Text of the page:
puse was not


mnie of my suite unto Bp careful. Edmund, who was one of the youngest, was sent early to Oxford, where he applied so close to study, and got such applause, that while he was an under-graduate he was chosen a probationer fellow before eighteen of his seniors. At about eighteen years of age he had a threatening illness, from which he was remarkably recovered, when through the drunkenness of the surgeon who blooded him, his life was in imminent danger. He was another time as remarkably preserved from being diowned. These merciful deliverances were preparatory to that good work which, about this time, God began in his heart, as they led him to serious thoughts concerning his spiritual and eternal state, to close self-examination and fervent prayer. Having been about two months under a spirit of bondage, so that many times, as he says, he durst not close his eyes in the night lest he should awake in hell, he at length, being very earnest with God in prayer for the manifestations of his love, was immediately filled with a strong persuasion of it, and with joy unspeakable and full of glory.'

From this time he applied himself to the diligent reading of the scriptures, and the study of divinity, and determined upon the work of the ministrý; telling his father, (who had given him his choice of the three learned professions) that “ He esteemed the turning of souls to righteousness the most desirable work in the world, and attended with the greatest reward hereafter, though the others might bring in more wealth and honour here." He first preached a lecture on the Lord's-day afternoon at Witney in Oxfordshire, about six months, and had encouraging seals of his ministry. His labours were so acceptable that people flocked froin all parts to hear him. This was not pleasing to the incumbent, who took the more time in reading prayers, that this novel lecturer might have the less time for preaching, and then left the church; but he was followed by none but his clerk, whom he would not suffer to give out the psalm. Mr. Staunton had preached several times on that text, Buy the truth, and sell it not; upon which the incumbent, when he met any coming into the church as he went out, would say with a sneer, What, are you going to buy the truth?"

His friends having got a living for him at Bushy in Hertfordshire, he removed thither, and had a welcome reception, especially from those who had any savour of religion. Here he preached and catechized on the Lord's-day, and at other times with great success, with respect to many who came from adjacent places, as well as his parishioners.' But after he had been here about two years, Dr. Seaton, of Kingston in Surrey, having a inind to this living, and either finding, or making a flaw in this title, soon dispossessed him of it. The Dr.'s attorney, thinking highly of Mr. Staunton's ingenuity, proposed an exchange, to which both parties agreed. But the Dr. when he had got Bushy, would not part with Kingston. However Mr. Noy, his attorney, abhorring this baseness, threatened to find a flaw in his title to Bushy, and many of the inhabitants of Kingston who prized Mr. Staunton's ministry, so worked the Dr. that he soon resigned, and Mr. Staunton took his place. He here continued about twenty years, endeavouring to fulfil his n:inistry, not only preaching twice on the Lord's day, but catechizing the younger and ignorant sort of people, and teaching them from house to house. He also set up a weekly lecture, which was supplied by several eminent ininisters in their turns. By these means, together with the holiness of his life, he wrought a general reformation in the town, both among the magistrates and the people. He was beloved by all the godly, and feared by the wicked. Nor did he only produce an external reformation; for when he left this place in 1648, there were thirty persons who gave him a paper in which they owned him as their spiritual father, and doubtless many more could have added their names to the list.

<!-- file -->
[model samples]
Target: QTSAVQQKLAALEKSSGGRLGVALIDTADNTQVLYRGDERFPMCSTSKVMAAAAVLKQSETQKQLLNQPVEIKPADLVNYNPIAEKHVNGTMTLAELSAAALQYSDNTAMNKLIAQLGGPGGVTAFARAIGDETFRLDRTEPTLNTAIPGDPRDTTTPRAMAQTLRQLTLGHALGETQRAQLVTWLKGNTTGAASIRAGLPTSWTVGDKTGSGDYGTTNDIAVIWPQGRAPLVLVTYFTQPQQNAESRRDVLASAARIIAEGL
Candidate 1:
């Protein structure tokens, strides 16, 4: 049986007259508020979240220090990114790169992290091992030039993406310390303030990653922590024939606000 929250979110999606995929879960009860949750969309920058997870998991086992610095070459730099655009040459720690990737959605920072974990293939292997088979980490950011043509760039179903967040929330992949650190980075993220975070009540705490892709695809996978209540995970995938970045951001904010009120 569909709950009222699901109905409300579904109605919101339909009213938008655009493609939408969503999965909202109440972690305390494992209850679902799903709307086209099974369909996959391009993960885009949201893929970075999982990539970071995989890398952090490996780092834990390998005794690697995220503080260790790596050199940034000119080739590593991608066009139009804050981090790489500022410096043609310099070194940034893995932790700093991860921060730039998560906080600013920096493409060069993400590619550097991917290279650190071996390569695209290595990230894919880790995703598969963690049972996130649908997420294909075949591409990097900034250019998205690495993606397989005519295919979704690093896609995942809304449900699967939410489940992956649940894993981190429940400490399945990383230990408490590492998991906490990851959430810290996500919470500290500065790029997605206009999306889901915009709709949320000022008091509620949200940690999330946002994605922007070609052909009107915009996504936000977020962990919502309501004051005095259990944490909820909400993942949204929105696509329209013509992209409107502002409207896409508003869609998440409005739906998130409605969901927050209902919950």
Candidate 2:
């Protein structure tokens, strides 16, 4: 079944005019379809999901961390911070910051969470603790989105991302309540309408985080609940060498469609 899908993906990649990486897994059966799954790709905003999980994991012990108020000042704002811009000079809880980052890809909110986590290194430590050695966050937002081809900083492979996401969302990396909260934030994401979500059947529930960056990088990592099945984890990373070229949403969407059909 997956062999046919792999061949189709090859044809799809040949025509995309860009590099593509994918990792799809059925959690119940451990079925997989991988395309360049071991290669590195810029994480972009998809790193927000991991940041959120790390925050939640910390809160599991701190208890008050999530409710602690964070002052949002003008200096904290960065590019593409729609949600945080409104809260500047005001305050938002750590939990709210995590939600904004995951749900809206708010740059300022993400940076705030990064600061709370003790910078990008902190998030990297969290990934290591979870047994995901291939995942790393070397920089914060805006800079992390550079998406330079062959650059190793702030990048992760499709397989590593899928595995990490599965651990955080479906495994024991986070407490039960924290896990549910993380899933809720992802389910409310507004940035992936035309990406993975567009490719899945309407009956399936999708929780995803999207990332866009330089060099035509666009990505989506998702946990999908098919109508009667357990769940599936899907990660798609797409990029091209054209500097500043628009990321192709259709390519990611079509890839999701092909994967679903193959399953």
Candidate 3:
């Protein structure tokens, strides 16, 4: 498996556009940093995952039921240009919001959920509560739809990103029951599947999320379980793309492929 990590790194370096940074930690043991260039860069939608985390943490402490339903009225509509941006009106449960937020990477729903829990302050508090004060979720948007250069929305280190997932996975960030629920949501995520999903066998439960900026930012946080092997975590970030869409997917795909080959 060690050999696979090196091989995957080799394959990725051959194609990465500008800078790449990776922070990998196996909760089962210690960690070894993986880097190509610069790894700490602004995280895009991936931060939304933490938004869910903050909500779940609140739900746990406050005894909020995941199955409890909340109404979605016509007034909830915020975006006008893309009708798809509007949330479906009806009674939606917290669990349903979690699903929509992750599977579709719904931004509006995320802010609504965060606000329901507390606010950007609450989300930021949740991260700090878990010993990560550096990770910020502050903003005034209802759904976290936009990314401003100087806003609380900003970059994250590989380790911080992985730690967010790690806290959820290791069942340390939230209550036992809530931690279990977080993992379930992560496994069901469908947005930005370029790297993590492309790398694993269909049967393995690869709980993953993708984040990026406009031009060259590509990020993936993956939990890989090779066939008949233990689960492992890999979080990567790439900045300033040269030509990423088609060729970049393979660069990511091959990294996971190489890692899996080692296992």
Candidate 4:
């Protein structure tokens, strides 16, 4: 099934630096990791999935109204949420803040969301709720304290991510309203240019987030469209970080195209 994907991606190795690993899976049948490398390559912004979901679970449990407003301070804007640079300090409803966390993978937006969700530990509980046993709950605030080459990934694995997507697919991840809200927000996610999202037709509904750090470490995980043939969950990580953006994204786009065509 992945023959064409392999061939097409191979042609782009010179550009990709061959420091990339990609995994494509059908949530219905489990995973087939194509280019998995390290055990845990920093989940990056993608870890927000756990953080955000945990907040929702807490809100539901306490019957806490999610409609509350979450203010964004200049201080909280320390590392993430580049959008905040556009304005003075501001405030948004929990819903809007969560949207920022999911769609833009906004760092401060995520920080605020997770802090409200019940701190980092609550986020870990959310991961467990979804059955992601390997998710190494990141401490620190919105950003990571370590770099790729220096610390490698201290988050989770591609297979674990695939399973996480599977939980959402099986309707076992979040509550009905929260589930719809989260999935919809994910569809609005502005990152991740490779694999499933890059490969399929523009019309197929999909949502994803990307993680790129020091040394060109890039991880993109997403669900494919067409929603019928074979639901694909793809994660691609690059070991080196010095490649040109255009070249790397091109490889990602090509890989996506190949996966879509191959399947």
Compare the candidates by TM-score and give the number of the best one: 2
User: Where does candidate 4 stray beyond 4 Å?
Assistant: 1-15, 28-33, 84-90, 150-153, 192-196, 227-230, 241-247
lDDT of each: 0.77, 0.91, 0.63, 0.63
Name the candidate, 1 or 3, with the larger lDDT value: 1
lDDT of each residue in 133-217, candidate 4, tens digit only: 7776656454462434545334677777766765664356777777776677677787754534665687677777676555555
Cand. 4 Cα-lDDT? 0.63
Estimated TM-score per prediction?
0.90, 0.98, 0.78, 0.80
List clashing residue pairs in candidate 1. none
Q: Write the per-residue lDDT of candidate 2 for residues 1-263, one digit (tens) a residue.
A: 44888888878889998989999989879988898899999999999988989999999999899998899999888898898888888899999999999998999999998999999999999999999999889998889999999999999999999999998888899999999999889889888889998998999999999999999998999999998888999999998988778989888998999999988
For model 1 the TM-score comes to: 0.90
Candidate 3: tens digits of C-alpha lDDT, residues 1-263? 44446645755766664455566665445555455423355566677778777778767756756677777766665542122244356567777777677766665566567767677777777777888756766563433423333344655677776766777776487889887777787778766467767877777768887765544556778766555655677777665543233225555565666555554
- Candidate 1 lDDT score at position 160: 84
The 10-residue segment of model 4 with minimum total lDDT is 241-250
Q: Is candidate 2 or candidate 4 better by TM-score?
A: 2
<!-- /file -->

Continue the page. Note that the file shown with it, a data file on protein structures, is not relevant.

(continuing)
In 1635, when the Book of Sports came out, he was one among many who were suspended for not reading it. During his suspension he took his degree of D. D. at Oxford, which he says he did to put the greater honour upon his sufferings. His exercise was greatly applauded. But there were several doctors in the university whose fingers itched to be dealing with him because he was a Puritan; among whom was one who was so miserably nonplussed by Dr. Staunton in the dis. putation, that the auditors hissed him, and one called for a candle, that the Dr. might see his arguments.

Dr. Staunton was a member of the Assembly of divines, and was in such esteem, that he was appointed one of the six morning preachers in Westminster-abbey. In 1648, when the visitors discharged Dr. Newlin from the headship of this college, Dr. Staunton succeeded him. Here he continued about twelve years, in which time his whole deportment was very exemplary. He at first put in execution all such statutes as tended most to the advancement of learning and religion, and was frequently present at the lectures and other exercises,